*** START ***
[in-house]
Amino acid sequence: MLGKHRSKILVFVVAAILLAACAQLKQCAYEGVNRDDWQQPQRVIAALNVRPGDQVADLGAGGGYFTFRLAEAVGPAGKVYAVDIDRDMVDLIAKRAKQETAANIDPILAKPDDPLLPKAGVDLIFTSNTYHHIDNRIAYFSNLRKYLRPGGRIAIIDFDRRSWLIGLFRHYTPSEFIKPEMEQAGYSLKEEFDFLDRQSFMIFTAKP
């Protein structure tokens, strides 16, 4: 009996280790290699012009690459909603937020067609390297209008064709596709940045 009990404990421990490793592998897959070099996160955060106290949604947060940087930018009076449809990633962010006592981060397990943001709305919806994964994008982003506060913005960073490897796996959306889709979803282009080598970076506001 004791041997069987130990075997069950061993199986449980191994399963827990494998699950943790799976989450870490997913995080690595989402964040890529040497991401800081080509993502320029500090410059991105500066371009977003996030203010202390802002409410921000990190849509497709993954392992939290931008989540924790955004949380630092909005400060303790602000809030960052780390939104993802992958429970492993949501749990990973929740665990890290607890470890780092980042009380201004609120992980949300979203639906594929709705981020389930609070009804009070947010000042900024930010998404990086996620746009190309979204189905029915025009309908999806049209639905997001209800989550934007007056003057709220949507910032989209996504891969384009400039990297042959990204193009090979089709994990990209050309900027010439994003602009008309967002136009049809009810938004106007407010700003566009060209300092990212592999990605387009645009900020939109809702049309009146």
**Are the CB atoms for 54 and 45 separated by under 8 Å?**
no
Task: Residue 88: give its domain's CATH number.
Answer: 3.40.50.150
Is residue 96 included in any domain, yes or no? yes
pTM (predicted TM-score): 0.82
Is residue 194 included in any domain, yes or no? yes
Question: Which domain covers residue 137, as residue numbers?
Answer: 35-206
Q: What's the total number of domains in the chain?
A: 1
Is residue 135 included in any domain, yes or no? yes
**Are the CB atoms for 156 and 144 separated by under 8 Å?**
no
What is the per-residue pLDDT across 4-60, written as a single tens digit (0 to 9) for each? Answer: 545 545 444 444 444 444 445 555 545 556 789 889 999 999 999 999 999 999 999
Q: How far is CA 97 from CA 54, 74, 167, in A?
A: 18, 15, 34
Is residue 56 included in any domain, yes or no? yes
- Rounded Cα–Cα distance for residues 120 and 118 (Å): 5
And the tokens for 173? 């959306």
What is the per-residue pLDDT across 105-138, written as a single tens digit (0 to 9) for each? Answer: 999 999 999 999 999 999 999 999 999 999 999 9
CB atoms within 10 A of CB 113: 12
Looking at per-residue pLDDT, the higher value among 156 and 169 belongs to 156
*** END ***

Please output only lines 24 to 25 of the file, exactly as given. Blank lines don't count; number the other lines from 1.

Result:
What is the per-residue pLDDT across 105-138, written as a single tens digit (0 to 9) for each? Answer: 999 999 999 999 999 999 999 999 999 999 999 9
CB atoms within 10 A of CB 113: 12